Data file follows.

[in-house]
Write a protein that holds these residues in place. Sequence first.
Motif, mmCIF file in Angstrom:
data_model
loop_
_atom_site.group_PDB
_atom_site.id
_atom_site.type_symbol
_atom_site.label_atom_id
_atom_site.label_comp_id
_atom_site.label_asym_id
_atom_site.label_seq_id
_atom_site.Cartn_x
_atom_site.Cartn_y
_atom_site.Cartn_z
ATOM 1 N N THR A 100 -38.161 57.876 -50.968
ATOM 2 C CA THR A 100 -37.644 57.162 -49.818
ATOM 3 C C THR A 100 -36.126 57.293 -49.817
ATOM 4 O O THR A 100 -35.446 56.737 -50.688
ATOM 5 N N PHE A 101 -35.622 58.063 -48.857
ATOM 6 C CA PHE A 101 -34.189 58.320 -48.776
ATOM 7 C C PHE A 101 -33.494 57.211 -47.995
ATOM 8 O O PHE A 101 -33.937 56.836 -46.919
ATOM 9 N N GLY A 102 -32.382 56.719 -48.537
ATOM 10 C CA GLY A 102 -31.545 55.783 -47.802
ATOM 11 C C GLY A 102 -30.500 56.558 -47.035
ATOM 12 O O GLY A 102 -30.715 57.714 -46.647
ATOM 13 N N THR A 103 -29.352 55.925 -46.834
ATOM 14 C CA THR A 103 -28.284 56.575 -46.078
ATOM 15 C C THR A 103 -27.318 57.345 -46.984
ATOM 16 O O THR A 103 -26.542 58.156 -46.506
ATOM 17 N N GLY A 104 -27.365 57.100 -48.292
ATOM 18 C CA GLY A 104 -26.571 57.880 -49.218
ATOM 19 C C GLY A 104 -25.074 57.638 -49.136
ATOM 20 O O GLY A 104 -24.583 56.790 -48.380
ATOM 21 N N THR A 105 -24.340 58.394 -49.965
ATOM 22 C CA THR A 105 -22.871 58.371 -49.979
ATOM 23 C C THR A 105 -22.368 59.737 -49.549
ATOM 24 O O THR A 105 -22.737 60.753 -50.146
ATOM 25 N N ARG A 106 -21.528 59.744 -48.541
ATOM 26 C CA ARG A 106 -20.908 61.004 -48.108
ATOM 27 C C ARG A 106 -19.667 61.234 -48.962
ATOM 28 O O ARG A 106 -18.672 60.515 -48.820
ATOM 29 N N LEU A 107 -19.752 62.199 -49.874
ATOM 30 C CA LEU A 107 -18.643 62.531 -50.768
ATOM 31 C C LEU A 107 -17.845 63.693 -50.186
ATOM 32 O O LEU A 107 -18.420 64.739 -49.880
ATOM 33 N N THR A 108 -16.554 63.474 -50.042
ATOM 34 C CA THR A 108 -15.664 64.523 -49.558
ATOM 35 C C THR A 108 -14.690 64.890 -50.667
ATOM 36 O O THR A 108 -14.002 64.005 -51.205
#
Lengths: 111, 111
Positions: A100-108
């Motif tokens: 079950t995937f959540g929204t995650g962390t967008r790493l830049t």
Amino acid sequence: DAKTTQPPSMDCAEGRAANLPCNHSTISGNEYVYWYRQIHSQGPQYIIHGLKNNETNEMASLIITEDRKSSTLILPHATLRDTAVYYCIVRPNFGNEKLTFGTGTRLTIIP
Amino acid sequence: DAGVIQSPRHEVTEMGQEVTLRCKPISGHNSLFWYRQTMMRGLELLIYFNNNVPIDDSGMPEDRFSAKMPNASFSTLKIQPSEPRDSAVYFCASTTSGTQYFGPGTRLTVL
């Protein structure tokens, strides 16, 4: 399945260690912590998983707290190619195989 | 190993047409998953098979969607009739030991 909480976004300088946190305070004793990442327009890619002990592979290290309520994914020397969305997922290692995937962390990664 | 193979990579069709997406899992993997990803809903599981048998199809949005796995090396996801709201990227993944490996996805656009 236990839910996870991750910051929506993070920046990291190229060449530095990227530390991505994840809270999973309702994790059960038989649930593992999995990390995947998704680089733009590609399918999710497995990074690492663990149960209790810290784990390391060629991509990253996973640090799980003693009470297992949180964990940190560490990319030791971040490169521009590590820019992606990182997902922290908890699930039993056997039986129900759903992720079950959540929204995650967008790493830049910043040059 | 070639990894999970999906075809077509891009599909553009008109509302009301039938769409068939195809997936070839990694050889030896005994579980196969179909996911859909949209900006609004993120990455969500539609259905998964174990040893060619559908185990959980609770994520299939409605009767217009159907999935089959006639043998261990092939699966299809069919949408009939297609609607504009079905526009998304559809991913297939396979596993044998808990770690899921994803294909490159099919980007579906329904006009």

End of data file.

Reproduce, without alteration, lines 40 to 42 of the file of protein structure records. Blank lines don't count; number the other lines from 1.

ATOM 25 N N ARG A 106 -21.528 59.744 -48.541
ATOM 26 C CA ARG A 106 -20.908 61.004 -48.108
ATOM 27 C C ARG A 106 -19.667 61.234 -48.962